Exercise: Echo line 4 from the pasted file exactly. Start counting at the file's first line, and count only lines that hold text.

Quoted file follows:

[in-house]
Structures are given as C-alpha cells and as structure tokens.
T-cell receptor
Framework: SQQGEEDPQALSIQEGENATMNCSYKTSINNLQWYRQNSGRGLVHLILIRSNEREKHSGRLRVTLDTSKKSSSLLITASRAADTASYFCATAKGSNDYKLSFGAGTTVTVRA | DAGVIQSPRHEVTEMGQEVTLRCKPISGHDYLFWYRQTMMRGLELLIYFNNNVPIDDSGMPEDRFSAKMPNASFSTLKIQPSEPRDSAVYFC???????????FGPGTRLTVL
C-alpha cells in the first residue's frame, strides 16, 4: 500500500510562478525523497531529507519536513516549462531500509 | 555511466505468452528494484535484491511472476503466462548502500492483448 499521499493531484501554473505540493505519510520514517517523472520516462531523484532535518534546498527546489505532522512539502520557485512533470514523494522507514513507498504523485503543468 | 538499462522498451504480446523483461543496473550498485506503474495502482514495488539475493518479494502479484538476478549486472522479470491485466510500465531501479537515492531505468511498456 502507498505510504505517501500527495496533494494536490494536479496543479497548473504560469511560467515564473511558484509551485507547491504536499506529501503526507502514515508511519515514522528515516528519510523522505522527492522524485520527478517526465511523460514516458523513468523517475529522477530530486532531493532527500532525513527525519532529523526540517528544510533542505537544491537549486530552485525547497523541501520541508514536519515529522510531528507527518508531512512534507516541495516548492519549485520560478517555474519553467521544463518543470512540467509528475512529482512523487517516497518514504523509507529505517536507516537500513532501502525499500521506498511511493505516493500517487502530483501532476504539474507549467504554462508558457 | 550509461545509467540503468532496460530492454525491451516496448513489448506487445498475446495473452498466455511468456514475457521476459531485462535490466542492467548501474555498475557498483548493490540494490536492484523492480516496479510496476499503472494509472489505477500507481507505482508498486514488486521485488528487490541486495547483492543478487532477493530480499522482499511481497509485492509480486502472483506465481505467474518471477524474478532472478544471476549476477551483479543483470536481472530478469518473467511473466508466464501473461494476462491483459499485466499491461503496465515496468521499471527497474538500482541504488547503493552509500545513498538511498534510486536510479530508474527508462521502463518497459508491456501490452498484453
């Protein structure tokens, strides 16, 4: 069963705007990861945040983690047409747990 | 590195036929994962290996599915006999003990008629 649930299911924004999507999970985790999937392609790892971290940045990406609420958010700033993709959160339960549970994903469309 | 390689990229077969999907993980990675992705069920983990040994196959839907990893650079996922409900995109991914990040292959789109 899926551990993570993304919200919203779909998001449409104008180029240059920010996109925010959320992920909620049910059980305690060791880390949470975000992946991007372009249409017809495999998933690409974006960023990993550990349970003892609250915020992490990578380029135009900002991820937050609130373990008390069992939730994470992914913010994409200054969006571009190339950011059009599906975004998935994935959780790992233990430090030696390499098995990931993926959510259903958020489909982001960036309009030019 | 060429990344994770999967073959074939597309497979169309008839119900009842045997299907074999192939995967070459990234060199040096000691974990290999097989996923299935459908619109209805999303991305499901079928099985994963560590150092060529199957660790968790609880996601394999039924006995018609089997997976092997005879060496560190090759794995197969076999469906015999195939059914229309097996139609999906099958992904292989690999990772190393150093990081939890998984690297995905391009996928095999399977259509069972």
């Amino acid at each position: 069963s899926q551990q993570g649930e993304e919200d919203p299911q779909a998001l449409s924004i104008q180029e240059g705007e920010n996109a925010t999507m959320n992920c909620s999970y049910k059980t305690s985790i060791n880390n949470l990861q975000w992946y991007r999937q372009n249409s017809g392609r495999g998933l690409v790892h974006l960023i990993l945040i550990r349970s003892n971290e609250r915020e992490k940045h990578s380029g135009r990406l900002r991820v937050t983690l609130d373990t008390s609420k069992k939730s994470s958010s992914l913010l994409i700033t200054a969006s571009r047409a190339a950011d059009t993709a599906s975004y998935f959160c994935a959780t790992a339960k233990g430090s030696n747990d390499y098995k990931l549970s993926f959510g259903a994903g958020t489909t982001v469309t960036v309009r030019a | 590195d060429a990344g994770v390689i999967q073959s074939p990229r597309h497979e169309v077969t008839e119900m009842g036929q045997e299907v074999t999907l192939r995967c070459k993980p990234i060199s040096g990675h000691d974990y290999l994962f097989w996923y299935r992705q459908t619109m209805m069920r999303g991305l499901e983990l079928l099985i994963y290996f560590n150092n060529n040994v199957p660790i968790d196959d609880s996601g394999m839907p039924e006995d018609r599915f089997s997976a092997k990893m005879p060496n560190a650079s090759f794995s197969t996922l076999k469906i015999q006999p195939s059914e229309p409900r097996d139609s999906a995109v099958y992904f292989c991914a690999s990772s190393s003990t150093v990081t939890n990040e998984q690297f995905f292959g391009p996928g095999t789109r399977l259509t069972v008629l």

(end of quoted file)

Framework: SQQGEEDPQALSIQEGENATMNCSYKTSINNLQWYRQNSGRGLVHLILIRSNEREKHSGRLRVTLDTSKKSSSLLITASRAADTASYFCATAKGSNDYKLSFGAGTTVTVRA | DAGVIQSPRHEVTEMGQEVTLRCKPISGHDYLFWYRQTMMRGLELLIYFNNNVPIDDSGMPEDRFSAKMPNASFSTLKIQPSEPRDSAVYFC???????????FGPGTRLTVL